• COVID toes. Deep red changes in the skin may be a result of vascular inflammation; whereas, deep purple changes may be indicative of micro-thrombi. If the patient is on vasopressors, purple toes may be a result of vasoconstriction and ischemia. Any of these scenarios would not be diagnosed as pressure injuries.1

Any critically ill patient is at higher risk for developing a pressure injury and thus it is imperative that all precautions discussed in previous posts be implemented to prevent tissue injury from pressure, shear, and friction. The sheep-skin type boots would be appropriate especially to protect from mechanical forces but also to hopefully stimulate vasodilation of the arteries and arterioles to the toes.

Days before this paper was published, a colleague shared with me that the physical therapy wound care specialist had been asked to see a patient with pressure injuries on the back, when indeed what the therapist saw was a diffuse rash - not something that fits the definition of a pressure injury. Not knowing that this phenomenon was common in COVID-19 patients, I suggested that the medications be reviewed to rule out a possible drug-induced hypersensitivity syndrome (DIHS), an allergic reaction to a medication that has been recently initiated (usually within the last two weeks). Because the patient population that is most vulnerable to severe complications from COVID-19 is also the patient population that is at risk for developing DIHS, this may still be a valid concern for some of these patients. Although numerous articles were found describing skin changes in COVID-19 patients, none were specifically referred to as DIHS; although there are reports of drug-induced cardiac events.[iv] These concerns underscore the reality that when looking at the skin, we must remember we are treating a patient, an individual who has complex and intricate processes occurring in the body that affects all of the systems, including the integumentary system; and all the medical disciplines have a role in identification, diagnosis, and treatment of the complications that have been reported in COVID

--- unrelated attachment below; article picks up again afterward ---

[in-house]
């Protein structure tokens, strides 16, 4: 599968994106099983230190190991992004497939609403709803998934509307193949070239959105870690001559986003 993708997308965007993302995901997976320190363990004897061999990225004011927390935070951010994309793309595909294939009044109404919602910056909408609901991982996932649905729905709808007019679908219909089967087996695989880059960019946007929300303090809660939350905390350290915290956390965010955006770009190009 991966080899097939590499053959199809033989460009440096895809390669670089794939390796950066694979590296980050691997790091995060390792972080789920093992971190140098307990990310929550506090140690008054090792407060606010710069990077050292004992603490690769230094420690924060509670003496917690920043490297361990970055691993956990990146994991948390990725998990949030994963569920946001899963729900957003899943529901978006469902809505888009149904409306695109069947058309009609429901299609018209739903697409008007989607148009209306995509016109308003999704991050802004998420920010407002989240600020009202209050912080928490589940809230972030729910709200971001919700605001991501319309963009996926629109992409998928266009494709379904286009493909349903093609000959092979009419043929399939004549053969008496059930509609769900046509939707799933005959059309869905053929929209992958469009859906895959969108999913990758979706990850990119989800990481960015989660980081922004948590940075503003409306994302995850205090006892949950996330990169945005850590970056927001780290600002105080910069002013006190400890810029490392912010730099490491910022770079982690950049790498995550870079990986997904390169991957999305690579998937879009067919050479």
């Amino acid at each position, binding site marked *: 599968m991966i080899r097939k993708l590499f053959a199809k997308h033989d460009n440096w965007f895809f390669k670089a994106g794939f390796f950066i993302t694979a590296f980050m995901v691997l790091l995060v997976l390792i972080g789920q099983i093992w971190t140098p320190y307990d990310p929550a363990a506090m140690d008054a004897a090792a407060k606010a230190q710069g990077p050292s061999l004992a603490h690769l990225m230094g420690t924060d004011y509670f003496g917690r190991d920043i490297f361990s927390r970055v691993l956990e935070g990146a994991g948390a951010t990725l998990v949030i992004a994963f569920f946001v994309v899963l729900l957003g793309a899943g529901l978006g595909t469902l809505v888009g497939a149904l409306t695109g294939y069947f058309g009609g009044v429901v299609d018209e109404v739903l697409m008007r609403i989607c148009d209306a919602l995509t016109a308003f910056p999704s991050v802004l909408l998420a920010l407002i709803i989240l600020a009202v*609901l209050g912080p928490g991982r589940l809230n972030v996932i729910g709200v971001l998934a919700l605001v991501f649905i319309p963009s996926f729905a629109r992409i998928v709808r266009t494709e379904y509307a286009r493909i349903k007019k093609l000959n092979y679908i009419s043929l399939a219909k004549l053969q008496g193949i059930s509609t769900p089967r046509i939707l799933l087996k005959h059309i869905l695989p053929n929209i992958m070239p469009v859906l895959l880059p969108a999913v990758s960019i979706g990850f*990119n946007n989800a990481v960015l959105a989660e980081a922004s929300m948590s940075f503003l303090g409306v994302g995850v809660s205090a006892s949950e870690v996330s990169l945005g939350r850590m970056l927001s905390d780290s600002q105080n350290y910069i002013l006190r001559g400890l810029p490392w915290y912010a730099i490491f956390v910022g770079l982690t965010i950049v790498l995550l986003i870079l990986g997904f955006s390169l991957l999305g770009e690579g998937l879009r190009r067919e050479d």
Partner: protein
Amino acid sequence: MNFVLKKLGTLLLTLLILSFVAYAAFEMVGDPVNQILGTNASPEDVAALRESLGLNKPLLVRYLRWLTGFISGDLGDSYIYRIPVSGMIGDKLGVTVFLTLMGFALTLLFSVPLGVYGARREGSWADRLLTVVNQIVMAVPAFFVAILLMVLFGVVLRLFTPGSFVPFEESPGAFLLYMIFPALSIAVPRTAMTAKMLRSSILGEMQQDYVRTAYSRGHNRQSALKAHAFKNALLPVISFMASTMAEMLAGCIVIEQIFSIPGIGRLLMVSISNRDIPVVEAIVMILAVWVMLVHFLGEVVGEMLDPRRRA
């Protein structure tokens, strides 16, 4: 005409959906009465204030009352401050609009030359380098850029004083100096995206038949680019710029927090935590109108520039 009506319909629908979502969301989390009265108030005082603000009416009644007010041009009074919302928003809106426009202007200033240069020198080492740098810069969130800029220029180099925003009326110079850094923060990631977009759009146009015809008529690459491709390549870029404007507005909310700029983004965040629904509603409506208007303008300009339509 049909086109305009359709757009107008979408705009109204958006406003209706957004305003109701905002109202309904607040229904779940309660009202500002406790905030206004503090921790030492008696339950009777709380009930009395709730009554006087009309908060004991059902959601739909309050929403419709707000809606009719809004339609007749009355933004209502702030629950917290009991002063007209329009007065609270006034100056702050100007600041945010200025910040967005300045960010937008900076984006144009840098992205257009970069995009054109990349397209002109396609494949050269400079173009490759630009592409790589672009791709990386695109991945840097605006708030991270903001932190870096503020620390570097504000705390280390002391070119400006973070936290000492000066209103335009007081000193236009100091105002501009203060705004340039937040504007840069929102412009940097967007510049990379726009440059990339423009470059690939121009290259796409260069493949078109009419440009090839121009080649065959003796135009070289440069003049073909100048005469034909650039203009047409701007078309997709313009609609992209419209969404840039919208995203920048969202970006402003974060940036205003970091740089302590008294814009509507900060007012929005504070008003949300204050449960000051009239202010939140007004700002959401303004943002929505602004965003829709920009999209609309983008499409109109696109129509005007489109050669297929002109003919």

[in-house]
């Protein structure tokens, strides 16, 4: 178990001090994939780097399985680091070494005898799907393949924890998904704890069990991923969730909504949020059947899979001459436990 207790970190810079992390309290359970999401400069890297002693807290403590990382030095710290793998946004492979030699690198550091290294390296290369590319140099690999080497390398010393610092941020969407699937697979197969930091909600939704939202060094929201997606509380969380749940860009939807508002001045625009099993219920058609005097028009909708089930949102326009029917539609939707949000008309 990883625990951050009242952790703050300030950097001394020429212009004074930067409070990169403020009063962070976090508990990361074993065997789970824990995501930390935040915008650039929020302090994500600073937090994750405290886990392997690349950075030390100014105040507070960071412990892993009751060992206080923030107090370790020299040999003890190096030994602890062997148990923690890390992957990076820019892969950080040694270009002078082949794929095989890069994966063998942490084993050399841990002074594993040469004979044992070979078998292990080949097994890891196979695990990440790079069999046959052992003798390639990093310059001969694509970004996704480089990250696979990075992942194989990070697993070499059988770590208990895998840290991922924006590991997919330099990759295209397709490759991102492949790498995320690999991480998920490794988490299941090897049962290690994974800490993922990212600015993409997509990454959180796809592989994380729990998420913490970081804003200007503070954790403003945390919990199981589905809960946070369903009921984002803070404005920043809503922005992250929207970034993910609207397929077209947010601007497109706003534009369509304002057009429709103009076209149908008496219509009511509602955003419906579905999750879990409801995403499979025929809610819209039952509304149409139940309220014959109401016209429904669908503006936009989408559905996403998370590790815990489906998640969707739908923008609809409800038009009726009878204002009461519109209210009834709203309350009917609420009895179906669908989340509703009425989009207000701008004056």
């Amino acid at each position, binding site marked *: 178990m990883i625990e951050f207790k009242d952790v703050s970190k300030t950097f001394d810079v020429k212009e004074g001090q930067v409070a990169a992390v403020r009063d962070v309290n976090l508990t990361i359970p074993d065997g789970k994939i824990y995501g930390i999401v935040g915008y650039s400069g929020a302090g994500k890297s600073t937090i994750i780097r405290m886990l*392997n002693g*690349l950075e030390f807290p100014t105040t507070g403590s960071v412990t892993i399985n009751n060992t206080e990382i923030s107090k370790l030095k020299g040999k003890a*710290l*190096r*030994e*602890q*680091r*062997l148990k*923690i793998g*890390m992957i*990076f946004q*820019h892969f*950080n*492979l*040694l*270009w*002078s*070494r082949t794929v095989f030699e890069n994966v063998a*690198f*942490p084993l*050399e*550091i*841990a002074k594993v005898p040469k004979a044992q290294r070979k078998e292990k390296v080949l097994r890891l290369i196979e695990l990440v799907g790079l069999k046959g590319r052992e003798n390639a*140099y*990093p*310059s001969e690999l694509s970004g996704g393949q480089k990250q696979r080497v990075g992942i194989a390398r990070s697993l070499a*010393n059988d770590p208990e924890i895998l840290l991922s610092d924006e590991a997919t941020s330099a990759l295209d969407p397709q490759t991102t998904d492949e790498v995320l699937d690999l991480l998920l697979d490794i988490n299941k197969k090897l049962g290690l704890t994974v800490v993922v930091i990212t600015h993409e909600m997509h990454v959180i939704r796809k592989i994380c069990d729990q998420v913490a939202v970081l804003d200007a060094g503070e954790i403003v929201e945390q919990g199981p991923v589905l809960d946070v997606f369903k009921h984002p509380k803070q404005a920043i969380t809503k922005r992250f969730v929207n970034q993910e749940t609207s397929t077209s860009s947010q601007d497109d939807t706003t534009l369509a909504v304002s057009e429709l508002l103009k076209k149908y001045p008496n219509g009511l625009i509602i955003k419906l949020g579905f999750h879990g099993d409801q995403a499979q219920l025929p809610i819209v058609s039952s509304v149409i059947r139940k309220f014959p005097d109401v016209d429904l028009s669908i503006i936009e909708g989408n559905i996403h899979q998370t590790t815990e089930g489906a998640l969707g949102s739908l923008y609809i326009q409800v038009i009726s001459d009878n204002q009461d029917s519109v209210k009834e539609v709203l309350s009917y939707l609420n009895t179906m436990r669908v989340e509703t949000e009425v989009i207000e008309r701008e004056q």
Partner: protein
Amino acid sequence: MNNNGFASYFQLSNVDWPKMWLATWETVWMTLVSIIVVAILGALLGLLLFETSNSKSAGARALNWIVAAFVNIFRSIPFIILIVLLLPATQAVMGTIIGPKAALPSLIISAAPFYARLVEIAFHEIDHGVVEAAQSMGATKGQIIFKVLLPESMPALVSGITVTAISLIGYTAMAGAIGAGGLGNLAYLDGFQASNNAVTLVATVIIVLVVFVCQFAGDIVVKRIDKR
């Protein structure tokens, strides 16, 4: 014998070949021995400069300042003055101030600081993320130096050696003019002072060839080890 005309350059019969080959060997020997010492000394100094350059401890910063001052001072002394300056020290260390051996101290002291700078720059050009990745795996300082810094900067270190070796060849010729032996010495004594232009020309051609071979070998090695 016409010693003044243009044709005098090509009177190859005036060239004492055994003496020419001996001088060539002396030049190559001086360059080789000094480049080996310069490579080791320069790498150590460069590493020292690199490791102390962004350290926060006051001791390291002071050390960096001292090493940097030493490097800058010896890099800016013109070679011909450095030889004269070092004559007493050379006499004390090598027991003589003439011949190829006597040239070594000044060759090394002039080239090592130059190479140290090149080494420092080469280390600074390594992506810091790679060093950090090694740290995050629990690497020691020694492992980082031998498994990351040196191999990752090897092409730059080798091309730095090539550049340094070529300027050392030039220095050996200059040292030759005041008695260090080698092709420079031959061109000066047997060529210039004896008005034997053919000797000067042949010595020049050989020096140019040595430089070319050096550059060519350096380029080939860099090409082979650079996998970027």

[i] Black J, Cuddigan J & the members of the National Pressure Injury Advisory Panel Board of Directors. 2020. Skin manifestation with COVID-19: The Purple Skin and Toes that you see may not be Deep Tissue Pressure Injury. An NPIAP White Paper. Available at https://npiap.com. Accessed May 17, 2020.

[ii] Sachdeva M, Gianott R, Shah M, Lucia B, Tosi D, Veraldi S, et al. Cutaneous manifestation of COVID-19: Report of three cases and a review of the literature. Journal of Dermatological Science. 2020. Available at https://doi.org/10.1016/j.jdermsci.2020.01.011. Accessed May 18, 2020.

[iii] Magro C, Mulvey JJ, Berline D, Nuovo G, Salvatore S, Harp J, et al. Complement associated mircrovascular injury and thrombosis in the pathogenesis of severe COVID-19 infection: A report of five cases. Available at https://doi.org/10.1016/j.trsl.2020.04.007. Accessed May 17, 2020.

[iv] Malloy T, Mayo Clinic outlines approach for patients at risk of drug-induced sudden cardiac death in COVID-19. https://medicalxpress.com/news/2020-03-mayo-clinic-outlines-approach-patients.html Accessed May 17, 2020.

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Rose Hamm

Physical Therapy, University of Southern California